Extending discrimination protection
This article was written by Rebecca Thornley-Gibson, Employment Partner, Ince Gordon Dadds LLP for ABTA's seventh edition of Travel Law Today which can be downloaded here: abta.com/travellawtoday
The Government has recently published two consultation documents aimed at minimising sex and maternity discrimination by enhancing existing protections for workers. The first deals with proposed measures to prevent the misuse of confidentiality clauses in connection with workplace harassment or discrimination. The second covers the extension of redundancy protection for women and new parents.
These consultations address a need identified by the Women and Equalities Select Committee (WEC) appointed by the House of Commons to consider further protections for workers.
Following an inquiry into workplace sexual harassment, the WEC published a report calling for reforms to be made in the use of confidentiality clauses or NDAs. Concern had been raised that such clauses were being used inappropriately, often in settlement agreements when employment ended, to prevent disclosures about alleged unlawful treatment.
In addition to the WEC report, the Solicitors Regulation Authority (SRA) had already issued a warning notice to lawyers in March 2018 on the inappropriate use of NDAs for their clients. Lawyers, when drafting or advising on NDAs and/or settlement agreements, must abide by the SRA notice or risk facing a breach of their regulatory obligations. The notice states: ‘NDAs or other settlement terms must not stipulate, and the person expected to agree to the NDA must not be given the impression that reporting or disclosure as set out above is prohibited. It may be appropriate for the NDA itself to be clear about what disclosures are not prohibited by the NDA’.
The law already provides protection for workers to report wrongdoing. Any provision in any agreement between an employer and worker that seeks to stop a worker from making a protected disclosure, which would include a sexual harassment allegation, is void. However, the Government is considering the need for further legislation and on 4 March 2019 published a consultation on the following WEC recommendations:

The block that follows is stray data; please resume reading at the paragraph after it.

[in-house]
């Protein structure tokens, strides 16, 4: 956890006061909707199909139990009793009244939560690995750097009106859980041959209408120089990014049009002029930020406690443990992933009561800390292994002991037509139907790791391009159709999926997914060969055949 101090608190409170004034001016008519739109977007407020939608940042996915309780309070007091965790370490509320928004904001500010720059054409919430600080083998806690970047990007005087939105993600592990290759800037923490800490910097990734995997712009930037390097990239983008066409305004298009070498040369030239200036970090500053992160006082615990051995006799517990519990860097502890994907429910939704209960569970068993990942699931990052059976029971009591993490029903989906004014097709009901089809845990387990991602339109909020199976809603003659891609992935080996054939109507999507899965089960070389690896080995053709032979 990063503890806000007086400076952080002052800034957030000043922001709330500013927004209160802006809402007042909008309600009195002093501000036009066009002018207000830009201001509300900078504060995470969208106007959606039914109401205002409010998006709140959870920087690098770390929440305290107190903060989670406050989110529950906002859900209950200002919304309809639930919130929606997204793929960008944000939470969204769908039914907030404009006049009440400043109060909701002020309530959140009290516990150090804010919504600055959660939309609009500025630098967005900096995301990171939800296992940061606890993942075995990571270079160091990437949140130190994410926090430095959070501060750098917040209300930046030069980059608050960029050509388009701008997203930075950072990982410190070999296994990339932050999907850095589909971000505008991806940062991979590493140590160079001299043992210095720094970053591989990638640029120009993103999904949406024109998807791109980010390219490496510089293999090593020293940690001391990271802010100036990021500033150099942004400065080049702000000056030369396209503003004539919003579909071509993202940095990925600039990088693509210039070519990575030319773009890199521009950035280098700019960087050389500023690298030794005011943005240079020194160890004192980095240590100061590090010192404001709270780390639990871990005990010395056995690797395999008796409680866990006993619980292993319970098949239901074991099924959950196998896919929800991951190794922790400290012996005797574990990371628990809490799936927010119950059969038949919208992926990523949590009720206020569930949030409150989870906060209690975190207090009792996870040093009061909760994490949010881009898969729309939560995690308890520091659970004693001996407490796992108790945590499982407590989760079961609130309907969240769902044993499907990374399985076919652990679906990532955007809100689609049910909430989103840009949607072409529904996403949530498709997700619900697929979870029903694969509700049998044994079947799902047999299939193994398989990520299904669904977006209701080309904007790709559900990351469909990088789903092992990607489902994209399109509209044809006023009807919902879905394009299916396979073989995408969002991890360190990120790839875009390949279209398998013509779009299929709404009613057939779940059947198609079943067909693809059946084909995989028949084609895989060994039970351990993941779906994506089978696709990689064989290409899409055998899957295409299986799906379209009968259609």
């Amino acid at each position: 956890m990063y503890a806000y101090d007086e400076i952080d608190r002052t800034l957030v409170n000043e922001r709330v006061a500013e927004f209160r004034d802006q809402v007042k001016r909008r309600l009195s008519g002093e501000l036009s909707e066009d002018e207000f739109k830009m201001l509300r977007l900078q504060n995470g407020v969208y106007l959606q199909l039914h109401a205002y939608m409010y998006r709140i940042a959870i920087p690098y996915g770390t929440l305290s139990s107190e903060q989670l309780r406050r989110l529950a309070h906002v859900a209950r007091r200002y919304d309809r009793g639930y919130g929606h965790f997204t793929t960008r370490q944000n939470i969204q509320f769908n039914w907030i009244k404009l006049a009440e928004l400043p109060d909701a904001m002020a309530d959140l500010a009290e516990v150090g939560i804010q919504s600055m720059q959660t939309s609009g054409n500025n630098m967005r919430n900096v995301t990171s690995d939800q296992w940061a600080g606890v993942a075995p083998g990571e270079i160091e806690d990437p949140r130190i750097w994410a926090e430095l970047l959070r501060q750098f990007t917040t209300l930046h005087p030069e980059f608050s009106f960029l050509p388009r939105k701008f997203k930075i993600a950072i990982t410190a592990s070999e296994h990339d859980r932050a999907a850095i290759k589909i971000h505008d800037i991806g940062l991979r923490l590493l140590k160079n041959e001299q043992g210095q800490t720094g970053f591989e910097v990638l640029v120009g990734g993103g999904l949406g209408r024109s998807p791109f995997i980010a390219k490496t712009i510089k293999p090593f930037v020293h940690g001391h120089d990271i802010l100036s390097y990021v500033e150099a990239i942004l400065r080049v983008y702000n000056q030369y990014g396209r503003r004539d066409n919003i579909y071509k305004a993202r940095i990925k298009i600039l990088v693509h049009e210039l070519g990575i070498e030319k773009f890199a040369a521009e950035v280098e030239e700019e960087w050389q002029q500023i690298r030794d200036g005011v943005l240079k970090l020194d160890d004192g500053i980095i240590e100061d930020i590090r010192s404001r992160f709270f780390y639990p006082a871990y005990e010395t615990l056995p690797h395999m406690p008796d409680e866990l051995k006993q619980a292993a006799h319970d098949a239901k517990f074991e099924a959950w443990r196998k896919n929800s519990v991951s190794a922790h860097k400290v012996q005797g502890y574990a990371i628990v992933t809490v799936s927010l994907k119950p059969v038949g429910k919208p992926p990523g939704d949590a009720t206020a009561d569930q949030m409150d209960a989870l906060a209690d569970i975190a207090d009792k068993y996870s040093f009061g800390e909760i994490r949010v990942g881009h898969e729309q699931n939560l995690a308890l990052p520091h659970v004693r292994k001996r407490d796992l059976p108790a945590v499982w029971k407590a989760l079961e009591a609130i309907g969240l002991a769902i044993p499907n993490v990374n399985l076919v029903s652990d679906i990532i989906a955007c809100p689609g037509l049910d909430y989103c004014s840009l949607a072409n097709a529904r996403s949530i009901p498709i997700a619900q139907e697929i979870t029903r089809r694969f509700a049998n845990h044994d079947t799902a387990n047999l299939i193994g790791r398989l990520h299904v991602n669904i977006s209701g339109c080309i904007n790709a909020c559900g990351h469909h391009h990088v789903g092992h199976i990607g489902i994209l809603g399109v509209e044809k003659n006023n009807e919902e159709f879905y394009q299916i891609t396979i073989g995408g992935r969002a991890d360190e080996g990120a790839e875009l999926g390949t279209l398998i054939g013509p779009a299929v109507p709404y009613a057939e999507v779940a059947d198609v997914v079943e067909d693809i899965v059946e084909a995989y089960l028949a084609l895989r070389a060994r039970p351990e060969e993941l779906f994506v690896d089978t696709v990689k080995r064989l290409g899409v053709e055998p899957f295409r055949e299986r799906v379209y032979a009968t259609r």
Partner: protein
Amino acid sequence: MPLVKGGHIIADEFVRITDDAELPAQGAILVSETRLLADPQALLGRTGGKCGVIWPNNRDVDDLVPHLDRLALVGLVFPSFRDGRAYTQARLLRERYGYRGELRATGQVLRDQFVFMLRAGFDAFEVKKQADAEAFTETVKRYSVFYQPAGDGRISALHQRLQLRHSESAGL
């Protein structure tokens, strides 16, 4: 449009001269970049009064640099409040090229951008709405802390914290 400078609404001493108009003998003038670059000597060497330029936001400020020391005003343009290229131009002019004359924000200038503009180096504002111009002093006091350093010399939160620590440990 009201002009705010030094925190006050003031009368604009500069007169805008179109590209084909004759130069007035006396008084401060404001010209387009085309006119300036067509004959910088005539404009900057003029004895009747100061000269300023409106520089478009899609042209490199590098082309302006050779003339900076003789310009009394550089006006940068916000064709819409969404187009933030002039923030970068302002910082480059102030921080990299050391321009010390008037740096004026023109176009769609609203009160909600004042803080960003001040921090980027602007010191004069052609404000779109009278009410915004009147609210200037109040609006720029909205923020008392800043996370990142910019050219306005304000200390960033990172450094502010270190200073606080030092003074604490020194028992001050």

- Standard, statutory confidentiality wording should be introduced setting out the meaning, eﬀect and limits of confidentiality clauses.
- The definition of ‘protected disclosures’ (ie, whistleblowing disclosures) should be widened to include disclosures of sexual harassment to the police, all regulators and to any court or tribunal.
- Employers and/or their professional advisers should be prohibited from seeking to prevent or limit an employee from making whistleblowing disclosures or reporting a criminal oﬀence.
- Lawyers should be disciplined if they advise employers to use provisions that can reasonably be regarded as unenforceable.
The lawyer disciplinary cases have already started with 13 cases under review by the SRA including an employment lawyer involved in drafting NDAs in the Weinstein harassment cases in the UK.
Redundancy protection for women and new parents
Consultation on extending redundancy protection for women and new parents was published on 25 January 2019. The consultation was a dual response to WEC concerns raised about detriments suﬀered by women who had taken time oﬀ for maternity leave and also as part of its commitment to publish a consultation following the Taylor Review.
Existing protection is provided by the Equality Act and Maternity and Paternity Leave etc Regulations 1999, which aim to prevent sex discrimination and pregnancy and maternity discrimination. The statutory protection in respect of pregnancy and maternity discrimination in redundancy situations includes a protection that, before making an employee on maternity leave redundant, employers must oﬀer them a suitable alternative vacancy where one is available. Therefore the woman has priority over other employees who are at risk of redundancy.
There are three main strands to the consultation in respect of the extension of redundancy protections:
- Extending redundancy protection for new mothers for six months after their return to work from maternity leave to enable newly returned mothers to have the same protection as those on maternity leave
- Protection to begin from the date the employer is given written notice of the pregnancy
- Extension of protection to other groups or employees taking time oﬀ for adoption, shared parental leave and longer periods of parental leave.
The following example demonstrates the extent of protection in the event the above is implemented:
Angela notifies her employer she is pregnant on 1 May 2019. She works until 31 December 2019 when she commences her maternity leave and has her baby on 31 January 2020. She then takes 12 months’ maternity leave, followed by four weeks’ parental leave and returns to work on 1 February 2021. Her employer must oﬀer her any suitable alternative role in priority to others until 1 July 2021 by reason of her extended redundancy protection.
The above scenario would require the employer to give priority in respect of any suitable alternative vacancies to Angela in any redundancy situations from 1 May 2019 until 1 July 2021.
Extending protections may be welcomed by many employees. Employers, however, may be concerned that: employees without the same protections may be resentful of the priority treatment; reorganisations where alternative roles need to be kept open for those on maternity leave and covered by interim measures may be more difficult; and complications may arise with other groups sharing similar redundancy protections.
Both consultations have now ended with decisions on the extent of how existing legislation should be supplemented expected during the summer.